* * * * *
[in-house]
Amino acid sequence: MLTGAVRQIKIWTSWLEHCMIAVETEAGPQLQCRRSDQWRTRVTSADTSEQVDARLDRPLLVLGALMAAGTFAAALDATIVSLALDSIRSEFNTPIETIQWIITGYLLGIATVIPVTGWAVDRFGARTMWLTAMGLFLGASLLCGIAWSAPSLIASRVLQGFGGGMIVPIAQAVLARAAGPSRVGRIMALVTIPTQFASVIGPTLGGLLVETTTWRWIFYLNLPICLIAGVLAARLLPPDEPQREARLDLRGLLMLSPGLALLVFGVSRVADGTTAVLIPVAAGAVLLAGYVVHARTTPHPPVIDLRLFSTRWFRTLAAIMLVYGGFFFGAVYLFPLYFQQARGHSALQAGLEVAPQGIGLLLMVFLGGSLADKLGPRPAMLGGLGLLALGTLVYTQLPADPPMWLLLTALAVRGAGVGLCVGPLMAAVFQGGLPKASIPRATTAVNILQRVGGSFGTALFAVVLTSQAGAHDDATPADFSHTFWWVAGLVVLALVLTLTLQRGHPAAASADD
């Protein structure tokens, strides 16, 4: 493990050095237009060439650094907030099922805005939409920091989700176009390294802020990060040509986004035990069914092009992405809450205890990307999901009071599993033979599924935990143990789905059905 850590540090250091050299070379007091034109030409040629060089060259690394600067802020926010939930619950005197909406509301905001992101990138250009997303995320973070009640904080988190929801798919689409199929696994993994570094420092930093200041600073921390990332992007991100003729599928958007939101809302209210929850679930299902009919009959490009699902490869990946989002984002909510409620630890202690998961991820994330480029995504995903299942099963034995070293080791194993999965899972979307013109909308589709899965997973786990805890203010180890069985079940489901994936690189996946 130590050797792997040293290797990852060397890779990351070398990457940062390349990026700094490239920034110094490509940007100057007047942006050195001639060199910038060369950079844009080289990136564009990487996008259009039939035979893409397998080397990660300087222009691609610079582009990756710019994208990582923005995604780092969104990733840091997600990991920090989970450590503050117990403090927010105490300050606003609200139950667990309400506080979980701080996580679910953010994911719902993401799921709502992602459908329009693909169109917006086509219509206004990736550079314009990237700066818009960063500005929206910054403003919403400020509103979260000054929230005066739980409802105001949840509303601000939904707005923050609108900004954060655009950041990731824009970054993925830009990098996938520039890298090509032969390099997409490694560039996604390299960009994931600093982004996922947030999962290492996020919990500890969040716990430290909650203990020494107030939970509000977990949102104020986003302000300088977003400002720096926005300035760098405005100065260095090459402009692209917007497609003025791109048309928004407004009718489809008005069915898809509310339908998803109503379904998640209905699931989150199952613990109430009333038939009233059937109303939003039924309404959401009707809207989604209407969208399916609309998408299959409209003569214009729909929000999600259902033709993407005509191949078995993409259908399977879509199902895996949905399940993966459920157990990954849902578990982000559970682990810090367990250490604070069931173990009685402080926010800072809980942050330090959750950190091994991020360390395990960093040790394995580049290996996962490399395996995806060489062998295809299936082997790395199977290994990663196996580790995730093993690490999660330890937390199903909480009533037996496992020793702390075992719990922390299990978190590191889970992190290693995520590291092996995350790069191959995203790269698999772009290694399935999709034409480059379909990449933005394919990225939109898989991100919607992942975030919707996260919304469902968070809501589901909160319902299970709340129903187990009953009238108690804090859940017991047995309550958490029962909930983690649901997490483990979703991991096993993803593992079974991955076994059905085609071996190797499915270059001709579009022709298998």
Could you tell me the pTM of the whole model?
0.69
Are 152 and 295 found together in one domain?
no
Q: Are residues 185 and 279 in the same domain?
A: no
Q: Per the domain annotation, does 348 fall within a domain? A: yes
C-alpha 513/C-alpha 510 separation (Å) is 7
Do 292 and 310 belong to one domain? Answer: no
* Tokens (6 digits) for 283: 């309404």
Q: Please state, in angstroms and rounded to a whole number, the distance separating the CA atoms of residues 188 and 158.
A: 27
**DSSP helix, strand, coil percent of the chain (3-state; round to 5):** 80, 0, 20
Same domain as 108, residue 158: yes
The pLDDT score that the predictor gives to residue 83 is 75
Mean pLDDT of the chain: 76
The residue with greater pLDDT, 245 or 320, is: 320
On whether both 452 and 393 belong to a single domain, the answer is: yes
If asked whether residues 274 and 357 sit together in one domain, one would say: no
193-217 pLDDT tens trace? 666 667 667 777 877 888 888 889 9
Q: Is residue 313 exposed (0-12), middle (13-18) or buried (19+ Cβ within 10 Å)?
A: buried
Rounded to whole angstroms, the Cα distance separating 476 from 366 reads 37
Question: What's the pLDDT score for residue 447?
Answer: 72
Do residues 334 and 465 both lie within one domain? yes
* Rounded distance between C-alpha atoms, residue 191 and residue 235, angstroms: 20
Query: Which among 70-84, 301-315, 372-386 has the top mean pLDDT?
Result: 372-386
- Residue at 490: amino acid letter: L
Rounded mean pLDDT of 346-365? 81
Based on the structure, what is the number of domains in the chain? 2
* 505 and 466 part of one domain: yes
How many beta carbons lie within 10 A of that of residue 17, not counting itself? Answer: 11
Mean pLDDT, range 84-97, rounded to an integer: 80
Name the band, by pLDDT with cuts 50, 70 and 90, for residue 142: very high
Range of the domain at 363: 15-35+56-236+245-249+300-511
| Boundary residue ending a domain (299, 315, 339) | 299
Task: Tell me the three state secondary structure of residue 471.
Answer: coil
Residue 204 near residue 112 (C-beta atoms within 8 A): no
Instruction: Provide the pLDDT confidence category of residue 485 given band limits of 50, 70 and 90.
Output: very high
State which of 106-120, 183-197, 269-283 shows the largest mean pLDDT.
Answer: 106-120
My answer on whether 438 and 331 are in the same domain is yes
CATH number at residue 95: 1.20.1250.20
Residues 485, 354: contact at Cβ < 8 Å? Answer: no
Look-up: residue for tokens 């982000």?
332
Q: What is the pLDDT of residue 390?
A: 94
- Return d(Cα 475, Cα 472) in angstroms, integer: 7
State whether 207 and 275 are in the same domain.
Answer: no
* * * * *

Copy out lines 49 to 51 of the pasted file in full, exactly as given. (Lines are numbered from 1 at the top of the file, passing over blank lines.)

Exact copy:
My answer on whether 438 and 331 are in the same domain is yes
CATH number at residue 95: 1.20.1250.20
Residues 485, 354: contact at Cβ < 8 Å? Answer: no